Danny Knobler, who covered the Tigers in Detroit prior to working at CBSSports.com, reports that Ramon Santiago “could be a possibility” for the Phillies as they look to add depth following the latest news on Chase Utley’s knee injury.
Santiago has split time at shortstop for the Tigers during the past few seasons, but is slated to be a backup this year after the team re-signed midseason pickup Jhonny Peralta to a two-year, $11.25 million deal.
Santiago has logged more than 3,000 career innings at shortstop and another 950 innings at second base, but aside from a flukey .870 OPS in a part-time role a few years ago the 31-year-old switch-hitter hasn’t offered much production offensively. Of course, even his measly .681 OPS during the past two seasons is better than the .665 OPS posted by Wilson Valdez, who’s the most likely in-house option to replace Utley.
The Cubs’ defense — or lack thereof this year — has been a topic of conversation as it could help explain why the team hasn’t played at the elite level it played at last year.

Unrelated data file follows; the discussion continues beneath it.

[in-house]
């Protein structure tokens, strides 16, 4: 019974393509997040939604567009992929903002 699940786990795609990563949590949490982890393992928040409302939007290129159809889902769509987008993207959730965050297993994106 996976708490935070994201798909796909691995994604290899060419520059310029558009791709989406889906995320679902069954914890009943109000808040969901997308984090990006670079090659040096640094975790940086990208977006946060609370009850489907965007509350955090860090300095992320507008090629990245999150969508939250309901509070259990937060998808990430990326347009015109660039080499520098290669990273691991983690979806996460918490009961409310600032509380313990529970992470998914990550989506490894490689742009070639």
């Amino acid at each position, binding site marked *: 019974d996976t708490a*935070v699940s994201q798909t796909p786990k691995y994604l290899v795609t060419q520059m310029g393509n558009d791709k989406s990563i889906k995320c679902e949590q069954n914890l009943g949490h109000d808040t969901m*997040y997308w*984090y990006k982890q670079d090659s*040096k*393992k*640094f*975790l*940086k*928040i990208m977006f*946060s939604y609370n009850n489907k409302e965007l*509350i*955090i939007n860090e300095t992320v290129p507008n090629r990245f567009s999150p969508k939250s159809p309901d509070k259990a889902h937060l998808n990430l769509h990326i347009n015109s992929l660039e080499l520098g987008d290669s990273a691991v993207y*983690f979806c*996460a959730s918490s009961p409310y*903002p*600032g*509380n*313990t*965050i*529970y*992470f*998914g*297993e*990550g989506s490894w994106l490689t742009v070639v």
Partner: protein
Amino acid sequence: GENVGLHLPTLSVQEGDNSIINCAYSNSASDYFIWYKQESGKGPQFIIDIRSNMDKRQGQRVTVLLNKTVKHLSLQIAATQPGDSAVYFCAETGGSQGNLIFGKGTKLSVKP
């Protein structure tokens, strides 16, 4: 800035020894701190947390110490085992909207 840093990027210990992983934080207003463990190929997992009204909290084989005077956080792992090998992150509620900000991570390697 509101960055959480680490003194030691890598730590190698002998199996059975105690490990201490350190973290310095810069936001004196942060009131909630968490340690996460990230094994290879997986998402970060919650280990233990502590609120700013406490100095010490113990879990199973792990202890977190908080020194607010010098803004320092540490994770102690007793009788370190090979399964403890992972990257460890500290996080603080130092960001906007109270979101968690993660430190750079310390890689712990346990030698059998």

Manager Joe Maddon tried to go into detail about that but ended up channeling his inner Rex Ryan. Via CSN Chicago’s Patrick Mooney.
If, in the future, Joe Ross ever complains about a lack of run support, point to his first four starts of the 2017 season.
Ross started on April 19 in Atlanta against the Braves, on April 25 in Colorado against the Rockies, on April 30 at home against the Mets, and on May 23 at home against the Mariners. In those games, the Nats’ offense scored 14, 15, 23, and 10 runs respectively for a total of 62 runs, or an average of 15.5 per start. Ross was the pitcher of record for seven, eight, 10, and 10 runs for a total of 35 runs (8.75 runs per start), which would still make him the major league leader in run support by that restrictive standard.
Among qualified starters — Ross did not qualify — entering Tuesday’s action, the Rockies’ Antonio Senzatela led the way according to ESPN, averaging 7.11 runs of support in nine starts. The Rockies scored double-digit runs in only three of those starts, oddly enough.
Per the Nationals, the 62 runs of support for Ross is a major league record in a pitcher’s first four starts of a season.